Because most philosophies that frown on reproduction don't survive.

Wednesday, November 16, 2011

Profiles in String 13


Emma’s library was not all older books; there were many more recent volumes. I didn’t intend to catalogue all of them, but I couldn’t not read them. The beautiful antique volumes were treasures on their own, but these lesser lights of the library were just as intriguing for the light they shed into Emma’s own tastes in reading. Many of the books bore inscriptions from friends, or notations in Emma’s own hand commemorating the occasion or the giver. I would take one of these books from the shelf, glance at the flyleaf to see if it said anything interesting, and page through the book to make sure there were no keepsakes or clippings filed away inside. Most had nothing of vast interest, but I was arrested in my progress by a familiar bold black scrawl inside a book with a green dust jacket.


This sounds like the sort of book you’d understand.


Intrigued, I turned to the title page. China Court, by Rumer Godden, 1961. The endpapers were printed with a family tree mapping the various generations who’d lived in the titular house. I paged through it, browsing through a section here, being drawn into a conversation there. The book didn’t seem to be written in chronological order. I wandered, pleasantly lost, amid characters and episodes, until something wedged in the pages made me pause. It was a black-and-white photograph, scratched and marred, of a confidently handsome man in a suit, looking directly at the camera. His dark hair was slicked back and his easy, sensual grin suggested that he was fully aware of his effect on the photographer, and the viewer. On the back was pencilled only “1957”, but I had a feeling that man could be none other than Howard himself.

There was one person who would know. Aunt Emma was out on the couch snuggled under a bedraggled afghan, drowsing peacefully through the afternoon cartoons. I sat down beside her, and she blinked herself awake.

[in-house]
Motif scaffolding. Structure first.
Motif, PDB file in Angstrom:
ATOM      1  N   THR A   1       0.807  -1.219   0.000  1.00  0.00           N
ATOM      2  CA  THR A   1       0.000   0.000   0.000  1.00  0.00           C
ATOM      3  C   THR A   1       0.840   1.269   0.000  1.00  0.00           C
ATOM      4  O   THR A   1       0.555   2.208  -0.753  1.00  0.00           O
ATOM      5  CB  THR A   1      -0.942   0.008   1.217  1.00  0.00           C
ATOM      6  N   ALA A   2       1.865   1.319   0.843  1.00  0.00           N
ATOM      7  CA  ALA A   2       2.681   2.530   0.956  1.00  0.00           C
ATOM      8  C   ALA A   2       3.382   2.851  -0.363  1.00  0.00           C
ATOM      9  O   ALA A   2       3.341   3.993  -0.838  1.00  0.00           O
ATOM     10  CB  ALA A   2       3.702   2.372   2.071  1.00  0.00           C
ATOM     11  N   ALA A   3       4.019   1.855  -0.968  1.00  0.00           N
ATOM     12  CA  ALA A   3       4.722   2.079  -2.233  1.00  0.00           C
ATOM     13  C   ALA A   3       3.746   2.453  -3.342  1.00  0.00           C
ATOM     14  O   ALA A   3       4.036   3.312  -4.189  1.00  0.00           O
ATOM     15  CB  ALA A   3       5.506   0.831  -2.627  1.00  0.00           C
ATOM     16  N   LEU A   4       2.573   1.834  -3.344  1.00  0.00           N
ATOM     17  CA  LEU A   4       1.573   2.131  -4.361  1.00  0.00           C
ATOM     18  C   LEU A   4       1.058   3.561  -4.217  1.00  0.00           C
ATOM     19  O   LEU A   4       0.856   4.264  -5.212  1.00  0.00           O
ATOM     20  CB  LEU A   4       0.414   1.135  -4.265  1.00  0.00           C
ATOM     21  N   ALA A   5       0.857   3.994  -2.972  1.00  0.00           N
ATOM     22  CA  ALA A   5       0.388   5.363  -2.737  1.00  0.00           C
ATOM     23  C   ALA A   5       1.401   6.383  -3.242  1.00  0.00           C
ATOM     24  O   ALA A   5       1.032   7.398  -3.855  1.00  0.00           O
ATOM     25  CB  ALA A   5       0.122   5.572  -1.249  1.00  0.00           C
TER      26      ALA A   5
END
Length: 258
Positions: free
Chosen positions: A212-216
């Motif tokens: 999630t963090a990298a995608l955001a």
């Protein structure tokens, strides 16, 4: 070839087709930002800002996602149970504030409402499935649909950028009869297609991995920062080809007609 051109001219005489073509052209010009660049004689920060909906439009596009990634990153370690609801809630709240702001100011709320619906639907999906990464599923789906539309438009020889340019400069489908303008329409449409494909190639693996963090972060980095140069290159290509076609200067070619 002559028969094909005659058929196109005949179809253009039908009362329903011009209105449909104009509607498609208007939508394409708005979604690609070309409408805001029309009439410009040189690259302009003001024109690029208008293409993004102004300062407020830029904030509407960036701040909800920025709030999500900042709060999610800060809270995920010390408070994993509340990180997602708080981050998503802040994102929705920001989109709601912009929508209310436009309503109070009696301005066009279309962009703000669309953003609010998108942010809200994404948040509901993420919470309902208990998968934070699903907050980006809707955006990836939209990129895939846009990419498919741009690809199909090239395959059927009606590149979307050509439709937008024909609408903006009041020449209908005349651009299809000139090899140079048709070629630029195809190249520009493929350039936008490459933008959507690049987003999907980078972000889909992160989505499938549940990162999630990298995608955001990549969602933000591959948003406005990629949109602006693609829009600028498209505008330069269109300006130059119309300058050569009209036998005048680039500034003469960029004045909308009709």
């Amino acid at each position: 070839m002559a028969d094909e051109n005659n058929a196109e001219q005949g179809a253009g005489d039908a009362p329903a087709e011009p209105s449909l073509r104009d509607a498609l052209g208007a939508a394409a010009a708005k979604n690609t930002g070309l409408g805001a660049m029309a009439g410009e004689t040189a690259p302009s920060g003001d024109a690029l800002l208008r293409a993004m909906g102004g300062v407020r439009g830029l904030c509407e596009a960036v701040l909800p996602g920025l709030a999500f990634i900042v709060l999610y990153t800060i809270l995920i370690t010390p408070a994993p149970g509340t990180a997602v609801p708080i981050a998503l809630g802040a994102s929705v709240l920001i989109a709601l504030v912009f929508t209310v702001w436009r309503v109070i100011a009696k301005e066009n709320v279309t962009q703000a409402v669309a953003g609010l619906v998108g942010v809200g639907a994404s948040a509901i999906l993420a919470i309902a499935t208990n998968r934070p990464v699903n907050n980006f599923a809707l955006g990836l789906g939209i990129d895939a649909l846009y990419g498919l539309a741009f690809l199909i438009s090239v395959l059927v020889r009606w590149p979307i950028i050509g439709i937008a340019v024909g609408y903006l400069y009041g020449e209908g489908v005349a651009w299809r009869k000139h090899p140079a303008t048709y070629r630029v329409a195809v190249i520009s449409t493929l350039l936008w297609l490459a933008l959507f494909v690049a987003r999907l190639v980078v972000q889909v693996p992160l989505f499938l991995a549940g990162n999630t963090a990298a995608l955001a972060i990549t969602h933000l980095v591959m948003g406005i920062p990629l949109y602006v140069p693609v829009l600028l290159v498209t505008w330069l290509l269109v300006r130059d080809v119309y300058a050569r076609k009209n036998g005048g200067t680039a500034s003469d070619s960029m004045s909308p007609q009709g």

“Hi, honey!” she said, and, extricating a hand from her blanket, patted my knee.

“Aunt Emma, I wanted to ask you something,” I said casually. “I found this picture in a book. Can you tell me who it is?” Taking the photograph from the book, I held it out to her.


“Oh, is he still here?” she exclaimed, taking the photo and peering at it. “That’s Howard. I thought he’d left a long time ago.”

“Who is Howard,” I asked, disingenuously. “Can you tell me about him?”

Emma snorted. “Who doesn’t know about Howard? He’s my husband, and let me tell you, he’s more trouble than he’s worth. He told me he stopped smoking, but I can smell it on him when he comes it. Phew, I hate the stink of cigarettes! I threw all mine away after that, but,” her voice dropped confidentially, “I still keep a stash in the kitchen. I don’t smoke ‘em anymore. I just look at them.”


“But the book,” I insisted pressing it on her.  “Look what it says inside. This sounds like the sort of book you’d understand. Did you give this book to Howard?”

“I never gave Howard any of my books,” Emma said, sharply. “That’s a lie. He knows it. He knows I never let him take any of my books.”

Her agitation was rising, but I plunged on. “But you gave him this one. Look, you wrote in it.” I stabbed at the inscription with my finger


She read it aloud, slowly. “This sounds like the sort of book you’d understand. That’s what he thought. Do you know how much he knew about it? He read a review in a New York paper while he was on a business trip and thought, ‘Oh, I’ll give Emma a book, and that’ll put her in a good mood.’ Catch Howard with a book in his hand without some good reason behind it.” She snorted again, but more peaceably.


“Wait.” It was ridiculous to be so fixated on an old scribble in a book, even more ridiculous to be cross-examining a woman who was almost incapable of giving a clear answer to any question. “Did Howard give you this book? Who wrote this?”